Thinner #6: The GKC

Beach Marine Sea Animal Octopus Sand Organism


At work, again. Or still, I can’t tell. Days flicker by and meld together, like binge watching a television show. You don’t even see the intro anymore. You just see a big stupid idiot going about his routine.

I get a call. A sad voice answers.


“Hey there, Mr. Turrelo?”


“I’m calling on behalf of Talk-talk, representing the Give Kids Cancer foundation. The GKC is committed to spreading the joy of cancer to all children, using wonderful gift baskets. Would you care to donate?”

“I would, but I can’t. I keep getting these calls. I donated once, and I keep getting these calls. I don’t want them. I don’t like them. I give and give and you people always want more. Stop!”

I recognize that pain. That pain of going outside. Of talking to other people. Of sitting in a room, hoping a gas leak creates an explosion so you won’t have to listen to people say the same set of phrases over and over. How are the kids? Oh, great, Jason stabbed his sister, the little bugger. How is Hank? Still dying, right? Oh that’s wonderful.

This man simply wanted to not talk on the phone. A legitimate need, and possibly a human right.

I feel something. An emotion. I stop breathing and take a moment to look around, appreciating this moment. I want to rip open my rib cage and take out the shining orb that is feeling, and hold it in my hands to make sure it’s real.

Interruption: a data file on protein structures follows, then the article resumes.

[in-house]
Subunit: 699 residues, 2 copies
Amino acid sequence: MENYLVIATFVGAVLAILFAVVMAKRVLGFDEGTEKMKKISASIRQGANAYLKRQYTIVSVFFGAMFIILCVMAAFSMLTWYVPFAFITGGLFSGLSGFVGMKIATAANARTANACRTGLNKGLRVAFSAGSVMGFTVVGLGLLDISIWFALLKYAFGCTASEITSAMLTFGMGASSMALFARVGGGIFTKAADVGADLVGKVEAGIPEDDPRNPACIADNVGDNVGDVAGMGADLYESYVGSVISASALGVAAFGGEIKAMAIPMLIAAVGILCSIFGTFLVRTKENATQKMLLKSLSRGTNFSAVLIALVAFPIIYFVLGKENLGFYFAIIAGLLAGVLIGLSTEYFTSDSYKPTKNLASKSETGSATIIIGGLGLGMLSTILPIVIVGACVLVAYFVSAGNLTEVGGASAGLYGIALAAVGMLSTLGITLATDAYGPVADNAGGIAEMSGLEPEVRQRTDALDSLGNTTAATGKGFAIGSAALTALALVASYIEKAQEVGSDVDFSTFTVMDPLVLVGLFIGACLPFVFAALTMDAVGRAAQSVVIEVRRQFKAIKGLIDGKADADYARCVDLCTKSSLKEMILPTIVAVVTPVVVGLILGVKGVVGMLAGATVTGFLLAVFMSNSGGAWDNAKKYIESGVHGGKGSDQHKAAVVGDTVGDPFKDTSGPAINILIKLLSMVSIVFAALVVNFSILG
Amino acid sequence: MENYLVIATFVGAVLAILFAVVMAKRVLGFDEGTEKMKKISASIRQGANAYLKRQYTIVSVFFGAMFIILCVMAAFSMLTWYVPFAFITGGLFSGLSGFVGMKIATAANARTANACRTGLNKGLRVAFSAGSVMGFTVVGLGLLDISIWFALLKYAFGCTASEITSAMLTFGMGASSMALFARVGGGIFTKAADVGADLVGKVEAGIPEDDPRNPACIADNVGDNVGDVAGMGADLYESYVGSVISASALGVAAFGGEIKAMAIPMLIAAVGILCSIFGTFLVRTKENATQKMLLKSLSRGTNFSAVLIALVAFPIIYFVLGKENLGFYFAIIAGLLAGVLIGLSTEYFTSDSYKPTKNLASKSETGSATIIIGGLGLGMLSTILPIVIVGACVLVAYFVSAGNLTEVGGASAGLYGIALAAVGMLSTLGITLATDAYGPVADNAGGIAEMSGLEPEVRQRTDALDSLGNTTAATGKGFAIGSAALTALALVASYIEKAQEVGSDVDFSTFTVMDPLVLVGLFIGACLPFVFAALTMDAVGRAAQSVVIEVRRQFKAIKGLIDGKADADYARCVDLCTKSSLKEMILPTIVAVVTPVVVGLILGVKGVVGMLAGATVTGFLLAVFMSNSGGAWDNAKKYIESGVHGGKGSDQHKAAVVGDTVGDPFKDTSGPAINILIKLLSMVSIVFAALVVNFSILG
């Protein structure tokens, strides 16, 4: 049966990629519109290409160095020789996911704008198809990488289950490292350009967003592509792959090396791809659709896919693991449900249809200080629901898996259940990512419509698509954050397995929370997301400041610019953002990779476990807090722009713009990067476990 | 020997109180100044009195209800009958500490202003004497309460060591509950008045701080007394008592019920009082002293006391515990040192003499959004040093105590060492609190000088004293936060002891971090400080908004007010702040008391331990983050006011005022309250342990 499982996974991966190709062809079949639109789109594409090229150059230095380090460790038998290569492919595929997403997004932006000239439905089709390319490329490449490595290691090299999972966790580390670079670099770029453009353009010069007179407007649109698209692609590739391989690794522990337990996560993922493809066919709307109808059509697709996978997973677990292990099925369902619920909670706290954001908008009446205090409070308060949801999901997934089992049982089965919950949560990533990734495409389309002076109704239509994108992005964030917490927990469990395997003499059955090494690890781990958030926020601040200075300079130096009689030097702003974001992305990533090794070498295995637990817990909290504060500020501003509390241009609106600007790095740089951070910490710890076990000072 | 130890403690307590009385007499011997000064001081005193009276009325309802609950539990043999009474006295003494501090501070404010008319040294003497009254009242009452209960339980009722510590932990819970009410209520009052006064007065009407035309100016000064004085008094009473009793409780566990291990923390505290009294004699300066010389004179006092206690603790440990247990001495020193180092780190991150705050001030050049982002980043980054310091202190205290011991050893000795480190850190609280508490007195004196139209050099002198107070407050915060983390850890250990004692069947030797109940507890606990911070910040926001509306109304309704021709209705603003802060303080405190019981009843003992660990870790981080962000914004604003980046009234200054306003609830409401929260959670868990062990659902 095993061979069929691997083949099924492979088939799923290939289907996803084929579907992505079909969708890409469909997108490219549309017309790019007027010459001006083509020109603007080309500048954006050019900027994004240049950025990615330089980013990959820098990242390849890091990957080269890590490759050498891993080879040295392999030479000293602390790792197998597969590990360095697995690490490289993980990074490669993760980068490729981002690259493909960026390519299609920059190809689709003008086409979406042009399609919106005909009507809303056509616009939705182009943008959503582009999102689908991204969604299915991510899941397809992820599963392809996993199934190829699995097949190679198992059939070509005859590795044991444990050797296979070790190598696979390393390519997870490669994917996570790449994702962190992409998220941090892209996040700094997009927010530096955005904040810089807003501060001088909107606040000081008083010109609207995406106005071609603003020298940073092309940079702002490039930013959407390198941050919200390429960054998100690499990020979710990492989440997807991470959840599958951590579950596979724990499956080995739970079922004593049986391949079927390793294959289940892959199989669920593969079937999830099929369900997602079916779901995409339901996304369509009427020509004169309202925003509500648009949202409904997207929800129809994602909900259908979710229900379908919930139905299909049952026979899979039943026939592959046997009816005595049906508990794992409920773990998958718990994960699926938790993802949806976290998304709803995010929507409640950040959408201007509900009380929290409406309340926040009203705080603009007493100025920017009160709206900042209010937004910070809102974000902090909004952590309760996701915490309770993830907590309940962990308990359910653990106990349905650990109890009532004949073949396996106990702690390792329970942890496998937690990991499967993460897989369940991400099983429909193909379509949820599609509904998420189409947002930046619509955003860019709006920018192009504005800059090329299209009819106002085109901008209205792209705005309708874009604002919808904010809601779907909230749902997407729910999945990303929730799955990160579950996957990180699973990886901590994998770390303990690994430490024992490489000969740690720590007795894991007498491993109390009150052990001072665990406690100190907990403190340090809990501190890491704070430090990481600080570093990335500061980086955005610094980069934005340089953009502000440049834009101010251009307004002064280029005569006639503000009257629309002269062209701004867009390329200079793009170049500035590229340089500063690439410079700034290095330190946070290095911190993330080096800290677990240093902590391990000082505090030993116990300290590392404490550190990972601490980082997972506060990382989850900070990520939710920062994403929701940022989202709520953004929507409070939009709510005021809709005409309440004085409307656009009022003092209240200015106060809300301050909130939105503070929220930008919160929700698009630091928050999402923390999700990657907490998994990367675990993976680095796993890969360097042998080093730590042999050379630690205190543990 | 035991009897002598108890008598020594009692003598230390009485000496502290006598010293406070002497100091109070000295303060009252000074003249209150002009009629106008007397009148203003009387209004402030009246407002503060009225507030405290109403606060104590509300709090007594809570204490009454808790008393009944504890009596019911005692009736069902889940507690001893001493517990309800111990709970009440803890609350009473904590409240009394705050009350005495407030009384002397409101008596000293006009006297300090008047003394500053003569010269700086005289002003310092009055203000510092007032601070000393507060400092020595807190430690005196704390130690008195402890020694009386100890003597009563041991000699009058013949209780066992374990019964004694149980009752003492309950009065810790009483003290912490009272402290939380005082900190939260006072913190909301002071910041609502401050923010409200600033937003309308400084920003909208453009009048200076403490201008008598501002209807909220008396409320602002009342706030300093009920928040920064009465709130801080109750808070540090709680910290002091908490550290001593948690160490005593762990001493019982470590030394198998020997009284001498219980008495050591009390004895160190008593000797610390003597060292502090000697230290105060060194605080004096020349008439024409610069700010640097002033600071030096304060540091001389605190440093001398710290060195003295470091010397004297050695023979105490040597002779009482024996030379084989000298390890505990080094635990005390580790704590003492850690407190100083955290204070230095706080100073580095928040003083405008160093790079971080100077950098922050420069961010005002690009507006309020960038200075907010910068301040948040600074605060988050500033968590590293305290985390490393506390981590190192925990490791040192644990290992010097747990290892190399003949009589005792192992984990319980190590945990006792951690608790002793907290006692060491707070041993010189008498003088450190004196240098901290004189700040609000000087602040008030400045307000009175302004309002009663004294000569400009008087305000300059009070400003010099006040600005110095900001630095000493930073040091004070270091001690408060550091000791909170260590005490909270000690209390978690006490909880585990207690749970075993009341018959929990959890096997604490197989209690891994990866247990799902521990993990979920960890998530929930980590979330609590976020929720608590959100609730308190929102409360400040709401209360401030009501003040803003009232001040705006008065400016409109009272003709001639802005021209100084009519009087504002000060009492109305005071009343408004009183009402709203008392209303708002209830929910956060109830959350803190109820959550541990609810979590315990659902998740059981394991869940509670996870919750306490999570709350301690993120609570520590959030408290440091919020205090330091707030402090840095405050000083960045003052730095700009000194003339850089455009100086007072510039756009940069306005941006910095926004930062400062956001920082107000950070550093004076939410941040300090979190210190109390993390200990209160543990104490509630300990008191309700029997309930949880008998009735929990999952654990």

“Sir, I can put you on the do not call list,” I say.

“You could? Oh thank you. You’re a good soul.”

He hangs up and suddenly I have a purpose in life.

I start pitching the do-not-call list to every caller.

“I’m calling on behalf of the GKC, looking for donations. But sir, just before you do, know that I can put you on the do not call list with one click, and you won’t hear from us again.”

“What? No, I’ll donate. It’s a good cause. You take credit card? $100 on the card, please.”

“Sorry sir, I’ve put you on the list. You have a good night.”

Off and away I go. And the more I pitch the list, the more people want to donate. This is a fight to the death, and boy do I want to die.

Beside me, the new and improved Mick is clapping his hands, staring at me in awe. The new Mick is actually a Mexican guy name Toby, and he has a little girl that he talks about a lot. “You’re doing great, man,” he says, leaning in. I see that his teeth are very white, and that frightens me. The only beings that take that good care of their teeth are beings that take pride in their ability to bite. Toby is a biter for sure. His daughter isn’t alive, I’m sure of it.

The manager walks over and claps me on the back. “Great work today. You broke our sales record.”

“I put every caller on the do not call list.”

He shrugs. “It’s a risky pitch, but they bought it. They called us and started donating like crazy. Great job.” He wanders away to yell at Carol for being a stupid, stupid bitch (his words) and I spin in my chair, hoping my headset cord will wrap around my neck and decapitate me.

I’m losing control. The auto-pilot of life is going haywire and all I feel is slippage. I thought I had the steering wheel, for the briefest of moments, when I was on my crusade to purge the call list, but the universe tossed it back at me and laughed.

My chest hurts.

There’s a ringing in my ears and my eyes hurt.

I think I’ll stop at CVS on my way home.

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